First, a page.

Search Results: "Melissa Fay Greene"


BOOK REVIEW

NO BIKING IN THE HOUSE WITHOUT A HELMET by Melissa Fay Greene
BIOGRAPHY & MEMOIR
Released: May 3, 2011

"An upbeat chronicle of a life that has been lived on the bright side of the road, its ruts beveled by naked love."
The prodigiously cheering reflections of a mother gathering a large brood of children, both biological and adopted. Read full book review >

BOOK REVIEW

THE TEMPLE BOMBING by Melissa Fay Greene
NON-FICTION
Released: April 12, 1996

"Still, a powerful retelling of a crucial tragedy that, in all its elements, resonates all too loudly today; and a tribute to Rothschild—a forgotten, well, hero of the civil rights movement."
An urgent, fiery reconstruction of a tragic moment in the history of Atlanta, a moment when the combustible mix of black oppression, Jewish liberalism, and white anxiety finally blew up in an otherwise peaceful city. Read full book review >

BOOK REVIEW

THE UNDERDOGS by Melissa Fay Greene
NON-FICTION
Released: May 17, 2016

"Dog lovers, parents of special needs kids, and those who love feel-good stories will delight in these heartwarming portraits of dogs and their families."
Personal stories of service dogs in action. Read full book review >

BOOK REVIEW

BIOGRAPHY & MEMOIR
Released: April 1, 2003

"Its release so soon after the widely publicized Pennsylvania mining disaster and rescue should boost the book commercially, but this sensitive account stands on its own artistic merits. (8 b&w photos, not seen)"
A strikingly told story of a Canadian mining catastrophe. Read full book review >

BOOK REVIEW

PRAYING FOR SHEETROCK by Melissa Fay Greene
BIOGRAPHY & MEMOIR
Released: Oct. 3, 1991

"Perhaps too discursive for some, with scenes of evocation before and after every piece of action; still, a beautifully written and absolutely authentic picture of the rural South."
In 1971, McIntosh County, N.C., was a tiny hamlet of 1800 souls—half of them black—that the civil-rights movement, played out in cities, had passed by: a hard-scrabble setting for Greene's powerful book debut. Read full book review >

BOOK REVIEW

FAY by Larry Brown
FICTION & LITERATURE
Released: March 31, 2000

"Close to a masterpiece."
The search for love and family has seldom been portrayed with such harsh realism as in this almost literally stunning fourth novel by the highly acclaimed Mississippi author. Read full book review >

BOOK REVIEW

GREENE by Graham Greene
FICTION & LITERATURE
Released: May 19, 1969

"It concludes with the sad apostrophe, 'How could they tell that for a writer as much as for a priest there is no such thing as success?"
Half of the essays here, including his more important sequence on Henry James, have been reprinted from Mr. Greene's 1952 collection The Lost Childhood which established in Greene's case that the creative writer could also be a critic of some distinction. Read full book review >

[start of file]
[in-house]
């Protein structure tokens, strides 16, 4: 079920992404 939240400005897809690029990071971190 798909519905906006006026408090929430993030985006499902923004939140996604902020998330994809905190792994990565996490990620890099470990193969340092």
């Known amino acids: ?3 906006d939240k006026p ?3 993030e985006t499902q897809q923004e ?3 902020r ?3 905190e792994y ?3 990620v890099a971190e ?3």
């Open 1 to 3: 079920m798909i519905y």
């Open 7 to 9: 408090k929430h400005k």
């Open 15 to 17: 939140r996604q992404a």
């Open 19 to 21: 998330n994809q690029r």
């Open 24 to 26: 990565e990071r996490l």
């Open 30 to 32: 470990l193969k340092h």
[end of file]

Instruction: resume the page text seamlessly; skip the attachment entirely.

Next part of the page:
BOOK REVIEW

BIOGRAPHY & MEMOIR
Released: July 1, 2008

"A lucid account of the Revolutionary War from the point of view of its most successful general."
Rhode Island journalist Carbone gives a little-known Revolutionary War leader his due in this admiring biography. Read full book review >

BOOK REVIEW

Released: June 1, 1995

"Despite Shelden's relentless animus for Greene as a person and a writer, this propaganda campaign can neither surpass nor subvert the Greene legend. (16 pages b&w photos, not seen)"
Trying to hunt down the controversial, complex Greene (190491) as the Harry Lime of the literary racket, Shelden (Orwell, 1991, etc.) succeeds less in decoding the deceptions of Greene's life than in creating a trail of false leads. Read full book review >

BOOK REVIEW

Othello Greene by Anthony H. Baltimore, Sr.
FICTION & LITERATURE
Released: July 4, 2016

"This terrorist tale reads like a thrilling but extremely violent action movie, with some intriguing twists in plot and philosophy."
A debut novel offers the broad scope of a Hollywood blockbuster, with two formidable, high-tech groups at war. Read full book review >

BOOK REVIEW

Released: Sept. 14, 1973

"There is also an inductive introduction by Mr. Greene on how he now views the short story and on some of the curious circumstances in which a few of them were conceived."
Forty in all, representing a forty-year span, "a collection of escapes from the novelist's world" and combining those which appeared in May We Borrow Your Husband?, A Sense of Reality, Twenty-One Stories, as well as three which appear in book form for the first time. Read full book review >